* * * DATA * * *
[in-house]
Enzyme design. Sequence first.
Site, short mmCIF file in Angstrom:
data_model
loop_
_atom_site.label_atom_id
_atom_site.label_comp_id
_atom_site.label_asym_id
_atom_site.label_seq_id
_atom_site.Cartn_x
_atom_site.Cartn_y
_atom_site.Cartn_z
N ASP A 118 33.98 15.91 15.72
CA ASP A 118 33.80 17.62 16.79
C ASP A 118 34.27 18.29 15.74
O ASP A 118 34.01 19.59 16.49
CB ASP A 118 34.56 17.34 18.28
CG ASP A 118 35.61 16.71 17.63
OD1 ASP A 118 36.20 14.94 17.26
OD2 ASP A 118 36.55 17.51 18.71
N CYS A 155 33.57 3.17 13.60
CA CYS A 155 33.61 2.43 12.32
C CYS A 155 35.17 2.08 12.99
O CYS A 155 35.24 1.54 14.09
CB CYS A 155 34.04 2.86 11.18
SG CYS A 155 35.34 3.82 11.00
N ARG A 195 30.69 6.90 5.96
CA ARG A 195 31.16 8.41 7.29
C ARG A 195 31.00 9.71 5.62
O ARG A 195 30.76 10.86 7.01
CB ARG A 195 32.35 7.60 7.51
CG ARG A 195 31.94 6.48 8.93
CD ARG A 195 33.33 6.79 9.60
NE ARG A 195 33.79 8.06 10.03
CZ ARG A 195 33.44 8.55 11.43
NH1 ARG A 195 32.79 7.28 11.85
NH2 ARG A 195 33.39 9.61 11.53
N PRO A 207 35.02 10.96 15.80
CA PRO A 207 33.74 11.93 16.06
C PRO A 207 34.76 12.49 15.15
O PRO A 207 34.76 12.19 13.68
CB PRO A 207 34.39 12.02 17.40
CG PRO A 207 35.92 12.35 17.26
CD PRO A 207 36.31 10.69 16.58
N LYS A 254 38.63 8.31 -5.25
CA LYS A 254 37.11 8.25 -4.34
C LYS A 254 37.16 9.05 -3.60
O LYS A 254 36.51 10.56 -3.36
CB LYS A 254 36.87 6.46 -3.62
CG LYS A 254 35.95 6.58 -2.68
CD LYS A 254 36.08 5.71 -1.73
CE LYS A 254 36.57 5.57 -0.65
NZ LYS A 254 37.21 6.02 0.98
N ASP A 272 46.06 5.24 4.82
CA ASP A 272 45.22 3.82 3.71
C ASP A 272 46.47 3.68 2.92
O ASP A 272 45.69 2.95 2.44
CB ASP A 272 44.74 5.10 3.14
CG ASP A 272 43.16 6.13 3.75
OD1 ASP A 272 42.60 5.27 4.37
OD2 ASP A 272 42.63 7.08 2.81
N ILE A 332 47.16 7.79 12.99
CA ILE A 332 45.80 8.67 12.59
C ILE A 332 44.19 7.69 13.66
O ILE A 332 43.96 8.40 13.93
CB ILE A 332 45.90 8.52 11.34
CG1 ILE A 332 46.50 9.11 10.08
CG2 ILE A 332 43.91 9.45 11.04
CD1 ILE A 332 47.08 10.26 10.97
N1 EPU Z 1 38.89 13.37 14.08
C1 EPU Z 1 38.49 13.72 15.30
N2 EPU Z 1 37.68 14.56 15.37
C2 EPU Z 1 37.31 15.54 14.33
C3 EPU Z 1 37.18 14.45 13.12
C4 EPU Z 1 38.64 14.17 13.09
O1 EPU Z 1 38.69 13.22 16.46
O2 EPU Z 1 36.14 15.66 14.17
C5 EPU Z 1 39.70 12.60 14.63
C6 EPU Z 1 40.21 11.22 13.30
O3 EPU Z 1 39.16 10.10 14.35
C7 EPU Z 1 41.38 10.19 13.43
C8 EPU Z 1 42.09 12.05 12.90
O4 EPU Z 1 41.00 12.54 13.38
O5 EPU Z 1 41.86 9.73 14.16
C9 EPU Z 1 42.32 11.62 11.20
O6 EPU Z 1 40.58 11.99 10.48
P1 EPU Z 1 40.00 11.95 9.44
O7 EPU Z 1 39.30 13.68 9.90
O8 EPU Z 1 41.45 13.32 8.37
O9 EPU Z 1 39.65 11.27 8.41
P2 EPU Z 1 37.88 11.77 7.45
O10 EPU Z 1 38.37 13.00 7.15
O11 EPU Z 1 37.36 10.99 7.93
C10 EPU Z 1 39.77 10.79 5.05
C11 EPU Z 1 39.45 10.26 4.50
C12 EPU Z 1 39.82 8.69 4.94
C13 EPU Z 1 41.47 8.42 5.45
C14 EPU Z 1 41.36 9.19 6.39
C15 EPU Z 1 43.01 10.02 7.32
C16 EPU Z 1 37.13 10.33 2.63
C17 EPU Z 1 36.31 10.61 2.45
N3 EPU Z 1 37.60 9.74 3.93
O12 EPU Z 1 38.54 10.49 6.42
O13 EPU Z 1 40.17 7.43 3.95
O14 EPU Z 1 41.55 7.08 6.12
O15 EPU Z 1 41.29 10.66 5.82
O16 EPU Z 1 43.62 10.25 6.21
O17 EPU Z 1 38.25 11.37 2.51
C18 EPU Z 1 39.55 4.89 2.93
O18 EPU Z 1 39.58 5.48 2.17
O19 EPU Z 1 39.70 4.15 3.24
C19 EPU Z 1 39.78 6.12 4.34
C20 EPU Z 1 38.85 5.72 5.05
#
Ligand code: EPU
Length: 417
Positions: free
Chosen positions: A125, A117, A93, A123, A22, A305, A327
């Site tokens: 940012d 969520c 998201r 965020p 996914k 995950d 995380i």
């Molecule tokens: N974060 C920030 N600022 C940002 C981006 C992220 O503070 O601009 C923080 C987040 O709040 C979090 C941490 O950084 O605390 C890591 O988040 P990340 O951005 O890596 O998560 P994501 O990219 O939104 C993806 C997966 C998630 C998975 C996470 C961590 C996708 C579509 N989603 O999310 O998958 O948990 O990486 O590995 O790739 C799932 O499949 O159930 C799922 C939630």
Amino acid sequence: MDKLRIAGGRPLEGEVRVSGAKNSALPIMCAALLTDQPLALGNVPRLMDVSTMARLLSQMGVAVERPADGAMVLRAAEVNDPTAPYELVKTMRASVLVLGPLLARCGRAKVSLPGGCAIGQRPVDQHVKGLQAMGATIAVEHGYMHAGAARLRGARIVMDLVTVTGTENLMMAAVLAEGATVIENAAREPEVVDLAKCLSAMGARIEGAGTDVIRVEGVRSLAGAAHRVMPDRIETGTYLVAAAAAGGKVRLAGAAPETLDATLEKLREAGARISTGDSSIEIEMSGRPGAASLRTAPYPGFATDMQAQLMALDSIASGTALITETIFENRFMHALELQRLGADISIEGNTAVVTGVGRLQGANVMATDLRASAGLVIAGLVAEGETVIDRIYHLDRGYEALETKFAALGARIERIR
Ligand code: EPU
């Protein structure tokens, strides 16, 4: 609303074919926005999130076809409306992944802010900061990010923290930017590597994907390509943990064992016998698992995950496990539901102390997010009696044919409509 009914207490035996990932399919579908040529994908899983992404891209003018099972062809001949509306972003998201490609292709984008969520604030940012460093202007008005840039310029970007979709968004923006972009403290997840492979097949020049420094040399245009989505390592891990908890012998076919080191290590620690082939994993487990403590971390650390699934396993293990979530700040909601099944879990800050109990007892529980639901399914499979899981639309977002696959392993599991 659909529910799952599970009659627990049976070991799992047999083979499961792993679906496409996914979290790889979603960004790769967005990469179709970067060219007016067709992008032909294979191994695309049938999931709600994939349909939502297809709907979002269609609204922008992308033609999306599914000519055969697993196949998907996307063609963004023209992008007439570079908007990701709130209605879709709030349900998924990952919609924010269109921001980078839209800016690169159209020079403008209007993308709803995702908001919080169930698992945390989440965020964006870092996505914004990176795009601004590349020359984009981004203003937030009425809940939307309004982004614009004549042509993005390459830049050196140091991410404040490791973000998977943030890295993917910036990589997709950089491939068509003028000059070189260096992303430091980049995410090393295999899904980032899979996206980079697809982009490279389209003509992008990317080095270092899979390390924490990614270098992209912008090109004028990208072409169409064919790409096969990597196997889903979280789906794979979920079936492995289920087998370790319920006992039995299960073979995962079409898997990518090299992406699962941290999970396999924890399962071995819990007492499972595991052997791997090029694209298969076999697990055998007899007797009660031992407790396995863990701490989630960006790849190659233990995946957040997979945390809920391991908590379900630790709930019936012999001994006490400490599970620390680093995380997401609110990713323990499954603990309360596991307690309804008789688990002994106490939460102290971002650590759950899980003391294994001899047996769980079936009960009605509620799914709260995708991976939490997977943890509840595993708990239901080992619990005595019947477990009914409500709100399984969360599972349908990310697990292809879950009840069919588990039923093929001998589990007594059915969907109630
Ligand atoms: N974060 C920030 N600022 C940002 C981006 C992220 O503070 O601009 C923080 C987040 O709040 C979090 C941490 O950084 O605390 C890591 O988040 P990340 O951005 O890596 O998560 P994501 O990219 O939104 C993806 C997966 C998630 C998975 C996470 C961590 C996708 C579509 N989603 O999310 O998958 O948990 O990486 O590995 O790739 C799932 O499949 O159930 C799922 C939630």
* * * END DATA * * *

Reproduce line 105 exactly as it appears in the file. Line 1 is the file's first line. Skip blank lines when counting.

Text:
O14 EPU Z 1 41.55 7.08 6.12